What a Difference a 10 Days Make

Increasing prices of everyday items is something we have all been noticing for the last past year. For a lot of things it has been a smooth increase and for others a sudden jump in price.
Ten days ago I went to Wal*mart to pick up a few things. I am always looking at the price of things I buy regularly. Yesterday I went again to pick up more stuff and noticed the following things have gone up in that period: A jumbo pack of diapers was $1 higher, paper towels were up $0.4 per roll, my son’s favorite granola bars were 25% higher. Then I went to Target and noticed that diapers were also up 10% from a week ago.
This made me wonder about people’s shopping habits. I really wouldn’t dare walk into a store and just start filling up my cart without noticing how much things costs. I almost wouldn’t dare buy something without it being on sale or having shopped around for it.
Yesterday I came across a question about how much is enough, or how much you like to have on hand before buying more. This question really made me think because I don’t really have a lower limit on things. Like say, I am down to my last 4 rolls of toilet paper, I need more. When I notice that probably in the next month or two I will run out of something I start checking the stores sales fliers to see if the items come up on sale. This may mean that at times I may have more of an item than I need but it also ensures that I won’t be running out and paying full price for the item because I ran out of it.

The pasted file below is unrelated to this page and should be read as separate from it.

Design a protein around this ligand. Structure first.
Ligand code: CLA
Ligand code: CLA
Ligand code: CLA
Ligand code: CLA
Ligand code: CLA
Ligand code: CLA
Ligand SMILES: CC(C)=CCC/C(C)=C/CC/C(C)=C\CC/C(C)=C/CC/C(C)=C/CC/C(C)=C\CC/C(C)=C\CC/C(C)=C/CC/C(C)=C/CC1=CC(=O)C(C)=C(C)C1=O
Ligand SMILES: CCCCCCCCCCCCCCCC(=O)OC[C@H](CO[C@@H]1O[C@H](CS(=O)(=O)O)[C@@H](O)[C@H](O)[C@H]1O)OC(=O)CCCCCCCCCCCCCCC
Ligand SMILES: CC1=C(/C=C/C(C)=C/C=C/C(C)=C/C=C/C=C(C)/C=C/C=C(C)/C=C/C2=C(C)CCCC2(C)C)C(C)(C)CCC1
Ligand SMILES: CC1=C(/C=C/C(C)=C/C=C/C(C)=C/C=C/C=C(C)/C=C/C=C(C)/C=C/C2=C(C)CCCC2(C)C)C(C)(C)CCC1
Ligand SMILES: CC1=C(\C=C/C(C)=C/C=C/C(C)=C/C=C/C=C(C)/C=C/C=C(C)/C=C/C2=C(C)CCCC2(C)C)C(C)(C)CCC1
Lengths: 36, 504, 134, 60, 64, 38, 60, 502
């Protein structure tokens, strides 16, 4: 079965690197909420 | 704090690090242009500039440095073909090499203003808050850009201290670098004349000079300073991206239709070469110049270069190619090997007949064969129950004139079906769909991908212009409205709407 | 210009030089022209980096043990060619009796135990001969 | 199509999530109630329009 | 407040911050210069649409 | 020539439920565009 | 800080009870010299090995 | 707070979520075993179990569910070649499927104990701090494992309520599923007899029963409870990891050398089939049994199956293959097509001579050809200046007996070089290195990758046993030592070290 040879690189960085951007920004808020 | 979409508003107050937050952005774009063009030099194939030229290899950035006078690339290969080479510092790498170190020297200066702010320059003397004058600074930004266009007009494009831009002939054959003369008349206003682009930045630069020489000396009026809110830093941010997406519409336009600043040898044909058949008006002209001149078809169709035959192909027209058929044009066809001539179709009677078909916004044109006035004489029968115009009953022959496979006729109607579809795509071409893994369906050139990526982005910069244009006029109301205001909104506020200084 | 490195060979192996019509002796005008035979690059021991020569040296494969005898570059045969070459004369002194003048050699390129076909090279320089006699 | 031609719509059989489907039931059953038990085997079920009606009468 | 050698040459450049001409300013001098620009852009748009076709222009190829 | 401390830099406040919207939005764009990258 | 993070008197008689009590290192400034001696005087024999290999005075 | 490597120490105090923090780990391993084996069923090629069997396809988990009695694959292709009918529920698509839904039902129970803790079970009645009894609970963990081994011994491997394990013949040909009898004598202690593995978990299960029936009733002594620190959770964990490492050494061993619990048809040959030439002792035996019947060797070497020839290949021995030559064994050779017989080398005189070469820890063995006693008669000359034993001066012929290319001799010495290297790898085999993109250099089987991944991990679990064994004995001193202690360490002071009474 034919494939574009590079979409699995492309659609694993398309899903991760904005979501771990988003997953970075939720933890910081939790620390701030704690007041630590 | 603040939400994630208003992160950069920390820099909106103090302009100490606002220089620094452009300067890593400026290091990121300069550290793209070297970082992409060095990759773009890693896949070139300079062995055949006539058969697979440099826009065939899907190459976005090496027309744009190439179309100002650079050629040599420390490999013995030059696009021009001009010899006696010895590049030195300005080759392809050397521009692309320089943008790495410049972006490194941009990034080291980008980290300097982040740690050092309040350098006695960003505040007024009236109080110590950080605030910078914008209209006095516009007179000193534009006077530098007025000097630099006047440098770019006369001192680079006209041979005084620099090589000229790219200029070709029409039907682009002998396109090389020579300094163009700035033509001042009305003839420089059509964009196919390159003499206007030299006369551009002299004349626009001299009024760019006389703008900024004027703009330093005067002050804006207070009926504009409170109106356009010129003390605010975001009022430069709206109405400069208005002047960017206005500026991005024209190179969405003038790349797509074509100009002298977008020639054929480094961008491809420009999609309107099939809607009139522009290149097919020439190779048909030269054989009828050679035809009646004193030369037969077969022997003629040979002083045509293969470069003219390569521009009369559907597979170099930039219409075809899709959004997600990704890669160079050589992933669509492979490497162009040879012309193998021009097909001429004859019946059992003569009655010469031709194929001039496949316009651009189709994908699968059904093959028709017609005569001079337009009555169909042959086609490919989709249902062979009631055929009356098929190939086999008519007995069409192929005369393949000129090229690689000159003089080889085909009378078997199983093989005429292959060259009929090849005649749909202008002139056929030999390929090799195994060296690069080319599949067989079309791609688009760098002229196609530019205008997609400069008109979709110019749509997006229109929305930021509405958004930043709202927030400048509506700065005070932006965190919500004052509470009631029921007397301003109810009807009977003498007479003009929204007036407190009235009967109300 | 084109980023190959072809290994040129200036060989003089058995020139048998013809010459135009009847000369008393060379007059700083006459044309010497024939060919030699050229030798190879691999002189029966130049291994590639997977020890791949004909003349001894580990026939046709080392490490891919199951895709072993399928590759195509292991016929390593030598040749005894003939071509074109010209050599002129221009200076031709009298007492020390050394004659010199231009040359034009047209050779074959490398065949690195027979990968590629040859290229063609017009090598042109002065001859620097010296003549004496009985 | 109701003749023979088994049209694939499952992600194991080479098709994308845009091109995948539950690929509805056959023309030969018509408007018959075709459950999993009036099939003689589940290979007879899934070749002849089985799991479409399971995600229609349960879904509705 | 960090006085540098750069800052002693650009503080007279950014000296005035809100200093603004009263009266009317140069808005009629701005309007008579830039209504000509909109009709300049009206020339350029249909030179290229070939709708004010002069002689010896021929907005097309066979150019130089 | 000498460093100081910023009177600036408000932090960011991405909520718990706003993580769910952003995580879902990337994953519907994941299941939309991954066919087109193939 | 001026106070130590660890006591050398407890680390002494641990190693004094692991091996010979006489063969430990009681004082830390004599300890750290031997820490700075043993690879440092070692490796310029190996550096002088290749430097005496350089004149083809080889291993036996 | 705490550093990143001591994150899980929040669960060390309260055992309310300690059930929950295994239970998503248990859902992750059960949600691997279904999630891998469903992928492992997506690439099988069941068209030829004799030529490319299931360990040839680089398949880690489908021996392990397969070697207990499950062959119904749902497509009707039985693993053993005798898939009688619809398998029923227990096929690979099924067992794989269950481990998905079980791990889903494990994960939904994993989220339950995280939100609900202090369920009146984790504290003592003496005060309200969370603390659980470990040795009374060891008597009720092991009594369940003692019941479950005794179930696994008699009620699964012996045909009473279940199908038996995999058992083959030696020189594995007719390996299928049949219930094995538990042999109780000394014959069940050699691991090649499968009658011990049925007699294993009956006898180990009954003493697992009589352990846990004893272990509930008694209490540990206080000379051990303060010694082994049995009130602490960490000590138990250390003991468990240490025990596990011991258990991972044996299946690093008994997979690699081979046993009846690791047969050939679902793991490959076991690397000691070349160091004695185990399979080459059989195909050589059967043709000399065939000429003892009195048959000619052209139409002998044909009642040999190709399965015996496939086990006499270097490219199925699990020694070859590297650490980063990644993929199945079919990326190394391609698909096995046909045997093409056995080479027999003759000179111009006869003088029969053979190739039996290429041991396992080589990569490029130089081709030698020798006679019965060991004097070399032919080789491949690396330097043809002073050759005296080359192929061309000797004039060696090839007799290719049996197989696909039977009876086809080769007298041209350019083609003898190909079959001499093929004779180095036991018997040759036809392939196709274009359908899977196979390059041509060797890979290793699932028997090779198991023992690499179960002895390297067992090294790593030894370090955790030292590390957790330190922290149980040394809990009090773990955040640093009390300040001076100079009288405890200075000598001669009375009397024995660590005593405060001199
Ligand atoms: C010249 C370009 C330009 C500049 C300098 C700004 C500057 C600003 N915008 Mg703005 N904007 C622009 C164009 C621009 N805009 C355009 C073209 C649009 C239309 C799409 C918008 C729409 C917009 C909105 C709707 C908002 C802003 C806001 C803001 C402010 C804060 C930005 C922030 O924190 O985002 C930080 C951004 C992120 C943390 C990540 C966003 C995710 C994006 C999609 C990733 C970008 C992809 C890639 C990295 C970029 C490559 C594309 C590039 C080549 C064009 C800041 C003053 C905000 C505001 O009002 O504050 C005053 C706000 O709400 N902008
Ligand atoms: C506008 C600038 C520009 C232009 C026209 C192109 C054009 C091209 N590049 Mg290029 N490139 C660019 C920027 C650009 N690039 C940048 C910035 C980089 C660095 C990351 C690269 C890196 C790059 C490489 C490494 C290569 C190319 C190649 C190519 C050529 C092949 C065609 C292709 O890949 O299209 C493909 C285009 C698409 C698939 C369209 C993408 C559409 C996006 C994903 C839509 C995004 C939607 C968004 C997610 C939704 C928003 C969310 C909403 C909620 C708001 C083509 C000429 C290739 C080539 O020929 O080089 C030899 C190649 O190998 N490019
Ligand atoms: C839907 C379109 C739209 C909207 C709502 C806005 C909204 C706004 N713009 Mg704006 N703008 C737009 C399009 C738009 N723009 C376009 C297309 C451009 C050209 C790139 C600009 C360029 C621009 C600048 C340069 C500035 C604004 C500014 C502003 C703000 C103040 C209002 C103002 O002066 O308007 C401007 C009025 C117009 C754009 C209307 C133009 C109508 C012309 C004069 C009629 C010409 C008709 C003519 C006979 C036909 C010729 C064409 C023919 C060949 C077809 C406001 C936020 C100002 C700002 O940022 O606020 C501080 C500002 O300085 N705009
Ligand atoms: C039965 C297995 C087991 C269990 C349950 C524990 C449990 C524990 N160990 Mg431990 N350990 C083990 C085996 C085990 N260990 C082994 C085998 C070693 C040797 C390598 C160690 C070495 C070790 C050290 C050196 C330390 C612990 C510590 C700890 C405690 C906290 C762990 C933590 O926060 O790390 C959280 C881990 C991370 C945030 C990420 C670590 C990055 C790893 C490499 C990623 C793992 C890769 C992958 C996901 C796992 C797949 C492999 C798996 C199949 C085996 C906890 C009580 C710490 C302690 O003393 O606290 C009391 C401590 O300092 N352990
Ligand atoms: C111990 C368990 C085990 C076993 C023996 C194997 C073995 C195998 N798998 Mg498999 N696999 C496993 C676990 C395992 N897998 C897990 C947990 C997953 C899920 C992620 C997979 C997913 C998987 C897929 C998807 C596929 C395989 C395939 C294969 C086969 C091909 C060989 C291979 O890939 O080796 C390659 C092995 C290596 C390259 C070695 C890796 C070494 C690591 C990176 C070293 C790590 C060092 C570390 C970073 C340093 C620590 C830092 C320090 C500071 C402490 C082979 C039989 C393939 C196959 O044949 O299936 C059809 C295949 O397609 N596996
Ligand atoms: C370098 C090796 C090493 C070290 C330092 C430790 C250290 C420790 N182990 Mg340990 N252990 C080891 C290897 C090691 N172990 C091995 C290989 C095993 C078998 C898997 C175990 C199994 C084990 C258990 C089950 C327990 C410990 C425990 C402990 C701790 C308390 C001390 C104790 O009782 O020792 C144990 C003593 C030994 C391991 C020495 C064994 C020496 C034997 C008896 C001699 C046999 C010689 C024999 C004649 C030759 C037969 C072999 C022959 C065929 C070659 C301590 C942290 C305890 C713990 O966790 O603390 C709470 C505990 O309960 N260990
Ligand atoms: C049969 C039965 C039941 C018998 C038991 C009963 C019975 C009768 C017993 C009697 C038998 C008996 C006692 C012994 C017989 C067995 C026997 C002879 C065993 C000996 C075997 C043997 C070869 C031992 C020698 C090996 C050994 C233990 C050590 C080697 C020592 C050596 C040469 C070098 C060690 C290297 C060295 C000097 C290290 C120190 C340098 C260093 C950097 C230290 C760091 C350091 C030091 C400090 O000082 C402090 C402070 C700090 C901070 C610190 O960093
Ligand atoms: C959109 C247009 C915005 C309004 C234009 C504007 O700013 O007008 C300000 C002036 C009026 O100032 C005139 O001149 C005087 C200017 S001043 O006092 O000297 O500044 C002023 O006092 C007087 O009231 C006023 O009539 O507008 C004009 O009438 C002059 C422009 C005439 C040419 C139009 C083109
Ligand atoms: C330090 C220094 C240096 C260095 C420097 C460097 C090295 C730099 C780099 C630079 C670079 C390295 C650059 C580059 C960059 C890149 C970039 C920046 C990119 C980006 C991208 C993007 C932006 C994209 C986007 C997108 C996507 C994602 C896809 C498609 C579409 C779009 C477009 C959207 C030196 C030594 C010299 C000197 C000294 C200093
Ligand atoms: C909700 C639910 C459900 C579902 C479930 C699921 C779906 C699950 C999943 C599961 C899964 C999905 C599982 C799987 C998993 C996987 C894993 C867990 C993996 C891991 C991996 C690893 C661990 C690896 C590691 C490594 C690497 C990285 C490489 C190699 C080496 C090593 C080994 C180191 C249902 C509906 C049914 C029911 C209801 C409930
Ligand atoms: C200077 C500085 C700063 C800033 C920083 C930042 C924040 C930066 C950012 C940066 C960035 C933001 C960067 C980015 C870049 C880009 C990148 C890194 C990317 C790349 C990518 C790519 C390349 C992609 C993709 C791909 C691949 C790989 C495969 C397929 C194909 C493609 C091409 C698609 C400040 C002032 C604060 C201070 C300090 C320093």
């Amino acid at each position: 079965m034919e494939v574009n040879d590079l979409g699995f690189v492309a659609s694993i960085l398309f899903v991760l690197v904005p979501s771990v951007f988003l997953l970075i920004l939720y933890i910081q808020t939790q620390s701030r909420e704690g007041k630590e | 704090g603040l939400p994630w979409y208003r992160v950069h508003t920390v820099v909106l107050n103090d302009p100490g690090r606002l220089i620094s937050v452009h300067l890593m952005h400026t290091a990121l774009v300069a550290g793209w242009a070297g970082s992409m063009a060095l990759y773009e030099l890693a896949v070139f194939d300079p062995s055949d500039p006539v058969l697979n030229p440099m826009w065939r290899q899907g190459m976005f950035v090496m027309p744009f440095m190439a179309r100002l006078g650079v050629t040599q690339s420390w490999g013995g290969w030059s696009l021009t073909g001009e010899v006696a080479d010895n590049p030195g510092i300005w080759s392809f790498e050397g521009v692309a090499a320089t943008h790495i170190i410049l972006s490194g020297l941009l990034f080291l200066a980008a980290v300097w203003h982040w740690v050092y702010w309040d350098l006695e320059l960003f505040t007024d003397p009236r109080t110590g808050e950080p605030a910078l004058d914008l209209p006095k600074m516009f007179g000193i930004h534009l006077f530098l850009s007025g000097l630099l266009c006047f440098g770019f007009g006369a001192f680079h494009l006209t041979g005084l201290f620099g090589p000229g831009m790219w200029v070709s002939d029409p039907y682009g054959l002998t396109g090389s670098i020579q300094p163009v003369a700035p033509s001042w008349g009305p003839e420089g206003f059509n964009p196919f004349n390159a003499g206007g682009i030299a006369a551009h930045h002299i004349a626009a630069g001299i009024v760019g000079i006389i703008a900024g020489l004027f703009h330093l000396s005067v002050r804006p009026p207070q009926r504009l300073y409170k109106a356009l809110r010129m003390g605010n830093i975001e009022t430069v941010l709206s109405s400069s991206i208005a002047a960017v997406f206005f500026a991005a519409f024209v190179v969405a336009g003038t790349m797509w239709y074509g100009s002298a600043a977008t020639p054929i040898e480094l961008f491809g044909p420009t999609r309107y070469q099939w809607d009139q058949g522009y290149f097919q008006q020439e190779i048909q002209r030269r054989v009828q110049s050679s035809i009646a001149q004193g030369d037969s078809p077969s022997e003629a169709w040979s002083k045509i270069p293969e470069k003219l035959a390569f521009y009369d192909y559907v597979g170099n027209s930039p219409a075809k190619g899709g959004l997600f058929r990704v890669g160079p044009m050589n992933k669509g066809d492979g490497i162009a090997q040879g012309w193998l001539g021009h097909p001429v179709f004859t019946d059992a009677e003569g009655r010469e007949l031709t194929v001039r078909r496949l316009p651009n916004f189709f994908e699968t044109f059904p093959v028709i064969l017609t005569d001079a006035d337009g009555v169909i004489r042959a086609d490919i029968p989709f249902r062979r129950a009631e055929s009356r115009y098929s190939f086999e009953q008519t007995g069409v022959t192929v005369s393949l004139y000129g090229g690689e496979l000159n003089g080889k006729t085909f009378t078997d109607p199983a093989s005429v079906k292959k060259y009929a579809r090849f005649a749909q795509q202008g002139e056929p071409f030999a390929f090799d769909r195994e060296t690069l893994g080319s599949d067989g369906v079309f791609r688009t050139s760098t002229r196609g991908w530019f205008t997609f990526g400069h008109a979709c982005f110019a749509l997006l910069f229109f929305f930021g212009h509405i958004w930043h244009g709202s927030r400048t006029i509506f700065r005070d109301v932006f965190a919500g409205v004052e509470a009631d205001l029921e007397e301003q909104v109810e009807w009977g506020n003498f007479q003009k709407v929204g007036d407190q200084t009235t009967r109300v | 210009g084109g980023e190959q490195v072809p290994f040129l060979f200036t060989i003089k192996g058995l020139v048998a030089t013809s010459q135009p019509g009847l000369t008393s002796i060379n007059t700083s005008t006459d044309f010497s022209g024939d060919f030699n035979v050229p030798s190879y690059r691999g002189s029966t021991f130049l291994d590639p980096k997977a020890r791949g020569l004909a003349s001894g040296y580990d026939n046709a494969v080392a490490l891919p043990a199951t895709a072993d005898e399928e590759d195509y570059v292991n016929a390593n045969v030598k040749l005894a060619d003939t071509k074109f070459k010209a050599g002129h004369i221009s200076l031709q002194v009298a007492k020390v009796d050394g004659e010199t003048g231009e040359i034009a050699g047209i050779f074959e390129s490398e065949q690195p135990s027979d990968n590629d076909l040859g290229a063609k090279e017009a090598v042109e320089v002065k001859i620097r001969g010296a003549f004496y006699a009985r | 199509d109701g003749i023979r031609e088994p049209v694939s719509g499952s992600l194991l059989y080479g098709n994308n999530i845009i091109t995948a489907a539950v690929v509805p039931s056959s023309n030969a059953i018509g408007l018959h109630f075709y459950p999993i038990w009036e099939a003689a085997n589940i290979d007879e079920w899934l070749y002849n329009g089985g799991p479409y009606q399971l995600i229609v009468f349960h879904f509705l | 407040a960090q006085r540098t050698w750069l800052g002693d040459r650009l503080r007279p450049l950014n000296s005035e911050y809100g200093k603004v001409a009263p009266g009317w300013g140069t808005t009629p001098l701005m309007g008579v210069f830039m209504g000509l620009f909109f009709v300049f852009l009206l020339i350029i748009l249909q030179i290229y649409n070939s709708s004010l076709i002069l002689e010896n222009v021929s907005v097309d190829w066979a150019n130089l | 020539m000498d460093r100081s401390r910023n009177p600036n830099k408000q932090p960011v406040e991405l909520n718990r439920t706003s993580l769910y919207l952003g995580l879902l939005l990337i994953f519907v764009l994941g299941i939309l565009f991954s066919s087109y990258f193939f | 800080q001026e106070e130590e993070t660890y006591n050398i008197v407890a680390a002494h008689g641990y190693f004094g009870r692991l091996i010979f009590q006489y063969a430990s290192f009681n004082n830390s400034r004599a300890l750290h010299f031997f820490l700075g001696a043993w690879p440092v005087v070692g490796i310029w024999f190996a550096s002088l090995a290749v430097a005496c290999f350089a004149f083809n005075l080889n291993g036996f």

I know a lot of people don’t have the storage space or perhaps the extra money to stockpile everyday items. But it does pay to do this. The money you save by buying when you find the item dirt cheap makes up for what you have invested on that stockpile. With the current price increases it makes even more sense to stockpile on things when you find them really cheap. Otherwise you could find yourself in the same position I found myself yesterday: paying 25% more for something you found cheaper just days earlier.